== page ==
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Chapter 7 77 Ecology of Uptake by Aquatic Organisms elide was phosphorus 32, which has a physical half-life of about 14 days. It is apparent that when following the steady-state transport of radiomaterials through the ecosystem the follow- ing parameters must be considered: (1) the physical half-life of the radionuclide, (2) the distance of the organism from the source of radioactive contamination, and (3) the dilution of the radiomaterials between the point of in- troduction and the area in which the organism lives. The results from acute exposure cannot be as definitely approximated as for chronic exposure. In such instances, the time element is very im- portant, and the following must be known: (1) the rate of dilution of the radioactive water mass with non-radioactive water; (2) the rate of transfer of radiomaterials from one trophic level to another with the concurrent dilutions and losses or gains in concentration by the or- ganisms; and (3) the life span of the organ- isms involved. In general, the radiomaterials taken up by organisms of the first trophic level will be pri- marily in the ionized state although a certain amount of particulate radiomaterials will be ad- sorbed to the body surfaces. When uptake oc- curs, the rate of uptake will probably be more rapid than the rate of uptake in the other trophic levels. Particulate radiomaterials tend to be concen- trated in the second trophic level. Findings from the Wigwam and Castle tests (Goldberg, unpublished data) showed that the principal or- ganisms which concentrated particulate radio- materials were the mucous, ciliary, and pseudo- podial feeders among the zooplankters. These organisms contained much more radioactivity per unit weight than either the algae or the setal or rapacious feeders. In addition to the differences in concentration of radiomaterials from one trophic level to an- other, there are marked differences among spe- cies in the same level. For instance, it has been shown by Chipman, et al. (1953), that some phytoplankters will concentrate radiostrontium by a factor of about 20 times whereas others will concentrate the radioelement by factors as much as 1500 times. Comparable data have been recorded by Krumholz (1954) for the accumu- lation of radiophosphorus by the phytoplankters of White Oak Lake. Differences also exist between individuals of the same species. Very large differences in the amounts of radiomaterials accumulated by indi- vidual fishes in White Oak Lake were described by Krumholz (1956). For instance, he reported that the amounts of radiostrontium in the bones of three bluegills (Lepomis macrochirus) dif- fered by more than five-fold. These three fish were taken from the same place in the lake on the same day, August 27, 1952. Comparable differences were found in the amounts of ac- cumulated radiomaterials in most other tissues. The transfer of radiomaterials from one trophic level to another is not only dependent upon the concentration of the radiomaterial in the organism but also is governed by the rate of growth of the organism and the rate of in- crease in the size of the population. These fac- tors of transfer are of particular importance in the event of an acute exposure because the dilu- tion brought about through cell division and growth may well minimize any radiation effect. In any event, there is always a loss in the total amount of radiomaterials in the transfer from one trophic level to another (though not nec- essarily a decrease in the concentration in indi- vidual organisms). Such a loss may be rela- tively small or it may be very great depending upon the organism and the particular food web involved. Not all radiomaterials that enter the first trophic level are passed on to higher levels. At each trophic level there are certain species that, for one reason or another, are not widely used as food by the organisms of higher levels. Also, some of the plants of the first trophic level may die before they are eaten and thus will be re- turned to the environment as organic matter. In this case the primary producers may be of little or no importance as a source of radioma- terials to the organisms of the second and third trophic levels. If relatively large quantities of radiomaterials are accumulated in certain hard parts of an or- ganism, such as the shell of an oyster or the bones of a fish, they will, in all probability, re- main in those parts during the greater part of the life of the animal concerned, and will not be available to other animals in the biosphere until the animal dies. Chipman and co-workers (1953) showed that oysters fed on Chlorella assimilated only very little of the radiophosphorus from these

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78 Atomic Radiation and Oceanography and Fisheries algae. On the other hand, oysters fed upon other phytoplankters that contained no more ra- diophosphorus than the Chlorella accumulated relatively large amounts of radiophosphorus and incorporated that element into their tissues as organic phosphorus compounds. It appears that the particular food web used by any organism is of primary importance in the transfer of ra- diomaterials from one trophic level to another. Problems for further research One of the fundamental questions to be an- swered concerns the mechanism of incorpora- tion of the heavier elements, such as the fission products, in aquatic organisms. To date, no metal heavier than molybdenum has been shown to be necessary for metabolic processes. Spe- cifically, we need to know: 1. How are the radioactive elements passed through membranes and where and why do they concentrate in the organisms ? 2. What are their biological half-lives of the different radioactive elements in different or- ganisms ? 3. What are the average and extreme concen- tration levels of these elements in various or- ganisms and in the biosphere? The revolution in biological thought brought about by the use of labelled atoms is manifest in all branches of biological research today. Radioisotopes have permitted the study of rate processes that could not have been investigated in any other way. Such processes include the pumping rates of water and other biological fluids, and the transfer of molecules or portions of molecules from tissue to tissue, or, on the ecological level, from organism to organism. REFERENCES BEVELANDER, G., and P. BENZER. 1948. Cal- cification in marine molluscs. Biol. Bull. 94:176-83. BOROUGHS, H., S. J. TOWNSLEY and R. W. HIATT. 1956. The metabolism of radio- nuclides by marine organisms. I. The uptake, accumulation and loss of strontium 89 by fishes. Biol. Bull. 111:336-351. CHIPMAN, W. A., T. R. RICE, and T. J. PRICE. 1953. Accumulation of radioactivity by marine invertebrate animals. U. S. Fish and Wildlife Service Radioisotope Labora- tory, Progress Report, April 1953, (Type- written) . 1954. Accumulation of fission products by marine plankton, fish, and shellfish. U. S. Fish and Wildlife Radioisotope Labora- tory, Progress Report, July-December 1954, (Typewritten). COFFIN, C. C, F. R. HAYES, L. H. JODREY, and S. G. WHITEWAY. 1949. Exchange of ma- terials in a lake as studied by the addition of radioactive phosphorus. Canad. Jour. Research 27:207-222. DAVIS, J. J., R. W. COOPEY, D. G. WATSON, C. C. PALMITER, and C. L. COOPER. 1952. The radioactivity and ecology of aquatic organisms of the Columbia River. In Bi- ology Research — Annual Report, 1951, USAEC Document HW-25021, pp. 19-29. GOLDBERG, E. D. 1952. Iron assimilation by marine diatoms. Biol. Bull. 102, 243-8. GREENDALE, A. E., and N. E. BALLOU. 1954. Physical state of fission product elements following their vaporization in distilled water and seawater. USNRDL Document 436, pp. 1-28. HEVESY, G. 1923. Absorption and translocation of lead by plants. Biochem. Jour. 17:439- 45. 1948. Radioactive indicators. Interscience Publishers, New York, xvi + 555 pages. HIATT, R. W., H. BOROUGHS, S. J. TOWNSLEY, and GERALDINE KAU. 1955. Radioisotope uptake in marine organisms with special reference to the passage of such isotopes as are liberated from atomic weapons through food chains leading to organisms utilized as food by man. Hawaii Marine Laboratory, Annual Report, AEC project number AT(04-3) 56, pp. 1-29, (Mimeo- graphed) . KETCHUM, B. H. 1939. The adsorption of phosphate and nitrate by illuminated cul- tures of Nitzckia closterium, Am. J. Botany 26:399-402. KEYS, A. B. 1931. Chloride and water secre- tion and absorption by gills of die eel. Zeitsch. Vergl. Physiol. 15:364.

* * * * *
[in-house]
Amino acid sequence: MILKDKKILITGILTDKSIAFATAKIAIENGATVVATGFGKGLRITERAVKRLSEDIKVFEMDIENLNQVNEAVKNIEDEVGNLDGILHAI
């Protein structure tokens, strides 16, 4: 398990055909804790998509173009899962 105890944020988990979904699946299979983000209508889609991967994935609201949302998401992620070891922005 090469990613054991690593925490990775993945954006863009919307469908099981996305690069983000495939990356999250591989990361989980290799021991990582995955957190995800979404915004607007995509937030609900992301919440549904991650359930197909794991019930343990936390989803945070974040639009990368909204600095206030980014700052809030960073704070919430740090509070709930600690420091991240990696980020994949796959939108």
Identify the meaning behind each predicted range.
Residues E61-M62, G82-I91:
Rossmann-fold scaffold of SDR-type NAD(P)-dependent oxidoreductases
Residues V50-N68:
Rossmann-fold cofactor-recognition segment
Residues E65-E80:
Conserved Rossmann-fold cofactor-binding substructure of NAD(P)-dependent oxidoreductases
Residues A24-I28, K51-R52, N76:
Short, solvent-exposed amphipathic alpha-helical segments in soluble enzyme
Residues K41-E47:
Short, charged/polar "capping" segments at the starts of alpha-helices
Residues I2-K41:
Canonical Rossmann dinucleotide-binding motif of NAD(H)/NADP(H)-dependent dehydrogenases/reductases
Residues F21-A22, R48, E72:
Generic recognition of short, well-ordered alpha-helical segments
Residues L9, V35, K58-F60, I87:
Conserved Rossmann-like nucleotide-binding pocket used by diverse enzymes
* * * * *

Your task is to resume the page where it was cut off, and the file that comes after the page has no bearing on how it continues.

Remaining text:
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Chapter 7 79 Ecology of Uptake by Aquatic Organisms KRAUSKOPF, K. B. 1956. Factors controlling the concentrations of thirteen rare metals in sea water. Geochim. et Cosmochim. Acta 9:1-32. KRUMHOLZ, L. A. 1954. A summary of find- ings of the ecological survey of White Oak Creek, Roane County, Tennessee, 1950- 1953. USAEC Document ORO-132, pp. 1- 54, (Mimeographed). 1956. Observations on the fish population of a lake contaminated by radioactive wastes. Bull. Amer. Mas. Nat. Hist. 110(4) :277- 368. KRUMHOLZ, L. A., and J. H. RUST. 1954. Osteogenic sarcoma in a muskrat from an area of high environmental radiostrontium. A.M.A. Arch. Path. 57:270-278. LAEVASTU, T., and T. G. THOMPSON. 1956. The determination and occurrence of nickel in sea water, marine organisms and sedi- ments. /. duCons. 21:125-143. OLSON, P. A., JR., and R. F. FOSTER. 1952. Effect of pile effluent water on fish. In Biology Research — Annual Report, 1951. USAEC Document HW-25021, p. 41. PROSSER, C. L., W. PERVINSEK, JANE ARNOLD, G. SVIHLA, and P. C. TOMPKINS. 1945. Accumulation and distribution of radio- active strontium, barium-lanthanum, fission mixture and sodium in goldfish. USAEC Document MDDC-496, October 13, 1954. REDISKE, J. H., J. F. CLINE, and A. A. SELDERS. 1955. The absorption of fission products by plants. In Biology Research — Annual Report, 1954. USAEC Document HW- 35917, pp. 40-46. RICE, T. R. 1956. The accumulation and ex- change of strontium by marine and plank- tonic algae. Limnology and Oceanography 1(2):123-138. ROTHSTEIN, A., and R. MEIER. 1951. The re- lationship of cell surface to metabolism VI, the chemical nature of the uranium com- plexing groups of the cell surface. /. Cell. Com p. Physiol. 38:245-70. SCOTT, R. 1954. A study of cesium accumula- tion by marine algae. Proc. Second Radio- isotope Conference, pp. 373. VINOGRADOV, A. P. 1953. The elementary composition of marine organisms. Sears Foundation for Marine Research, Memoir No. 2. WHITTAKER, R. H. 1953. Removal of radio- phosphorus contaminant from the water in an aquarium community. In Biology Research-Annual Report, 1952. USAEC Document HW-28636, pp. 14-19.